654 F2d 1264 United States v. M Anderson
654 F.2d 1264
UNITED STATES of America, Appellee,
Laurence M. ANDERSON, Appellant.
UNITED STATES of America, Appellee,
Adrian VOLK, Appellant.
UNITED STATES of America, Appellee,
Robert Lee JOHNSON, Appellant.
Nos. 80-1848, 80-1869 and 80-1870.
United States Court of Appeals,
Submitted Feb. 13, 1981.
Decided Aug. 3, 1981.
Rehearing and Rehearing En Banc Denied Sept. 16, 1984.
Irvin B. Nodland (argued), Lundberg, Conmy, Nodland, Lucas & Schulz, P. C., Bismarck, N. D., for appellant Anderson.
Robert Vogel, Grand Forks, N. D., for appellant Volk.
Brian W. Nelson, Fargo, N. D., for defendant Johnson.
Gary Annear, Asst. U. S. Atty., Fargo, N. D., for appellee.
Before ROSS, HENLEY and McMILLIAN, Circuit Judges.
McMILLIAN, Circuit Judge.
Laurence M. Anderson, Adrian Volk and Robert Lee Johnson were three of seven persons1 charged in a three-count indictment with distributing a Schedule I controlled substance in violation of 21 U.S.C. § 841(a)(1) and 18 U.S.C. § 2, and conspiracy to possess and distribute a Schedule I controlled substance in violation of 21 U.S.C. § 846. Each appeals his respective conviction and sentence.2 For the reasons set out individually below, we affirm.
Briefly, count I of the indictment charged a sale of 1,044 units of lysergic acid diethylamide (LSD) on March 8, 1979. Count II charged a sale of 5,020 units of LSD on April 30, 1979. Count III detailed a conspiracy to distribute LSD from November 1, 1978, through May 31, 1979.
Five witnesses appeared at the trial on behalf of the government. One was a Chicago chemist who testified only as to the chemical properties of exhibits 1 and 2, the LSD described in counts I and II respectively. Two witnesses were admitted coconspirators or accomplices. Gregory Mannie testified about his relationship to the defendants as far back as February of 1978 and detailed their activities involving marijuana, cocaine and amphetamines as well as LSD. John Otheim's testimony was basically the same as Mannie's but concerned only the events of March 1 through March 20, 1979. The other two witnesses were undercover agents. Drug Enforcement Administration (DEA) agents Lee and Nicks testified about their meetings with Johnson, about observing Volk's car at the site of an alleged meeting between Volk and Mannie, and about mailing exhibits 1 and 2 to the regional laboratory in Chicago.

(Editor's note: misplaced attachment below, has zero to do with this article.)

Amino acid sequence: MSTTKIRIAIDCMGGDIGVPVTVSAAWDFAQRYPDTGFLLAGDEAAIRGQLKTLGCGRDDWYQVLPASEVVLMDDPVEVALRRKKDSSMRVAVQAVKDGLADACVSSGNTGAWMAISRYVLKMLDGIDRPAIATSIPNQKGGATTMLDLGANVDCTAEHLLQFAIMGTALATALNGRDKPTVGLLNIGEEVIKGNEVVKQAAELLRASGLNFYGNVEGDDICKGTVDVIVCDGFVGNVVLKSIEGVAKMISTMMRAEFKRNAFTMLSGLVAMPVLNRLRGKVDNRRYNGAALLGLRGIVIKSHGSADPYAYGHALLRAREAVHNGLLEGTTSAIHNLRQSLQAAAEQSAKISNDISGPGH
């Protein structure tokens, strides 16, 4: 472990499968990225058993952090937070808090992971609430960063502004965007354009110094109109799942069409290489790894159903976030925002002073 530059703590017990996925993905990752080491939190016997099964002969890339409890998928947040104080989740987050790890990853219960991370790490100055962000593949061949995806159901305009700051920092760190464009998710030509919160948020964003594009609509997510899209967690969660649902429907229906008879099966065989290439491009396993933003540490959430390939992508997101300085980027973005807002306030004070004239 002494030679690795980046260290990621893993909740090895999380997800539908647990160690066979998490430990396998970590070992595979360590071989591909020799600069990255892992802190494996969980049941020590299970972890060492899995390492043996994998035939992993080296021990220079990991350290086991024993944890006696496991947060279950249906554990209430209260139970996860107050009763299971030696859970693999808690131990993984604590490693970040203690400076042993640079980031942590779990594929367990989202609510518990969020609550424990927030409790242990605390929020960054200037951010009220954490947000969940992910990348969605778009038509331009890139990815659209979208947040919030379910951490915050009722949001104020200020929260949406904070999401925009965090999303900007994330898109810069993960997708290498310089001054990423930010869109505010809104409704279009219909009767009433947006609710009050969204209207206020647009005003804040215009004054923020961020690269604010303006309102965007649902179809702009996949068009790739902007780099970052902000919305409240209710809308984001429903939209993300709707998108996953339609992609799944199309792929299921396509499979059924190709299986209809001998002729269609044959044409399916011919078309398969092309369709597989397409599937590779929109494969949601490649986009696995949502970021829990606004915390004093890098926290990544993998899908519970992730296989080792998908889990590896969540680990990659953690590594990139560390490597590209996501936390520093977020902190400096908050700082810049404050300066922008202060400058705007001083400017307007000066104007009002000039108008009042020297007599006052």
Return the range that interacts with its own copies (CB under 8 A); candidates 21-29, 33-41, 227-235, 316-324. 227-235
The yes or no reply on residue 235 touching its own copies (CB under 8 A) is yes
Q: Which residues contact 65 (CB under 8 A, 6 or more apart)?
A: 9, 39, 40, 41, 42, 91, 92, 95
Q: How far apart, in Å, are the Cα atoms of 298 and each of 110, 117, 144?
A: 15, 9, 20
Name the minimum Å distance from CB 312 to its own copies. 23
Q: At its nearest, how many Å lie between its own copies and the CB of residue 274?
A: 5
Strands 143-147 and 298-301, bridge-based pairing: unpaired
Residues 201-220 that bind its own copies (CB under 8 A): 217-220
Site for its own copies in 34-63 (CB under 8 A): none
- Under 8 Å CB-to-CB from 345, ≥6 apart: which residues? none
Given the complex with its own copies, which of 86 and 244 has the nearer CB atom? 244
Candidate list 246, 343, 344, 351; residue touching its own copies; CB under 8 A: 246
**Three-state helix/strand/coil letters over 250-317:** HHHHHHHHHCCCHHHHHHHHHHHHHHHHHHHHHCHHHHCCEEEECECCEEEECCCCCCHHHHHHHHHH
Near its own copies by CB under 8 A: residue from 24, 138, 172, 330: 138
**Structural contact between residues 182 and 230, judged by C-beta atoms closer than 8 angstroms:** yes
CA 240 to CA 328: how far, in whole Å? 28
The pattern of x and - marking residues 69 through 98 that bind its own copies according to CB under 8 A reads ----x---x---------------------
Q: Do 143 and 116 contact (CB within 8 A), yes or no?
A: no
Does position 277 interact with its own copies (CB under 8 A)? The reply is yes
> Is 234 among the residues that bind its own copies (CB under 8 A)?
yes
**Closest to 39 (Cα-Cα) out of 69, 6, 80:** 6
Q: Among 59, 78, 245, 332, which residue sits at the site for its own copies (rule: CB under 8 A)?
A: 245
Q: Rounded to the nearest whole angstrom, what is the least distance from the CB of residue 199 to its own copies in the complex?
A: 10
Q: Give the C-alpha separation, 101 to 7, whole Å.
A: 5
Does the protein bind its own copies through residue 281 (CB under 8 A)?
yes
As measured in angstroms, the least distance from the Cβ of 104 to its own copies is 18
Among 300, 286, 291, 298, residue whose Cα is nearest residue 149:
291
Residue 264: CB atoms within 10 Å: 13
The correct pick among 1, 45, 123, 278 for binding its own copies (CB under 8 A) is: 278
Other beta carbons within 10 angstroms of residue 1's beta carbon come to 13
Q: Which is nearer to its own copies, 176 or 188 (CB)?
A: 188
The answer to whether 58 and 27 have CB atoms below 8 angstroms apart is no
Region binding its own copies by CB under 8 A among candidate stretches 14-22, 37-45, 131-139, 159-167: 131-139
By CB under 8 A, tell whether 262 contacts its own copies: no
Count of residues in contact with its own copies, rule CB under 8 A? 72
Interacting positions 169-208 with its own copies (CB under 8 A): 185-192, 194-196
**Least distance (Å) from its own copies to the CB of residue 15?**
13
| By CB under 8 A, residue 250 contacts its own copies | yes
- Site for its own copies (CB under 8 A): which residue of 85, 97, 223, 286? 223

At the conclusion of this trial,3 Anderson was convicted of counts I and III, and sentenced to five years for the substantive offense and two consecutive years for conspiracy. Volk was convicted of counts I and III, and sentenced to five years for the substantive offense and two consecutive years for conspiracy. Johnson was convicted of all three counts, and sentenced to five years for each substantive count to run concurrently and two consecutive years for conspiracy.
A. Chain of Custody
Anderson contends that the district court erred in admitting exhibits 1 and 2 which had been purchased by the undercover agents. These exhibits were objected to on the ground that there had been no showing what happened to them between chemical analysis and the trial.
The principles governing chain of custody challenges were outlined in United States v. Lane, 591 F.2d 961 (D.C.Cir.1979), as follows:
Tangible evidence of crime is admissible when shown to be "in substantially the same condition as when the crime was committed." And it is to be presumed that the integrity of evidence routinely handled by governmental officials was suitably preserved "(unless the accused makes) a minimal showing of ill will, bad faith, evil motivation, or some evidence of tampering." If, however, that condition is met, the Government must establish that acceptable precautions were taken to maintain the evidence in its original state.
The undertaking on that score need not rule out every conceivable chance that somehow the identity or character of the evidence underwent change. "(T)he possibility of misidentification and adulteration must be eliminated," we have said, "not absolutely, but as a matter of reasonable probability." So long as the court is persuaded that as a matter of normal likelihood the evidence has been adequately safeguarded, the jury should be permitted to consider and assess it in the light of surrounding circumstances.
In the case at bar, agent Lee testified that, after purchasing the perforated paper which constituted exhibit 1, he took it to his office, heat sealed it in a plastic bag, and marked it for identification. Agent Nicks witnessed these actions and also initialed the seal. Then agent Lee placed the exhibit in the narcotics evidence vault overnight. The next day he mailed it via registered mail to the regional laboratory in Chicago, where evidence technician Charles Stubbs signed for it.
Likewise, agent Nicks testified that, after purchasing the blue blotter paper which constituted exhibit 2, he took it to his office and field tested it. Then he heat sealed it, marked it for identification, and mailed it to the regional laboratory in Chicago, where it was signed for by Charles Stubbs.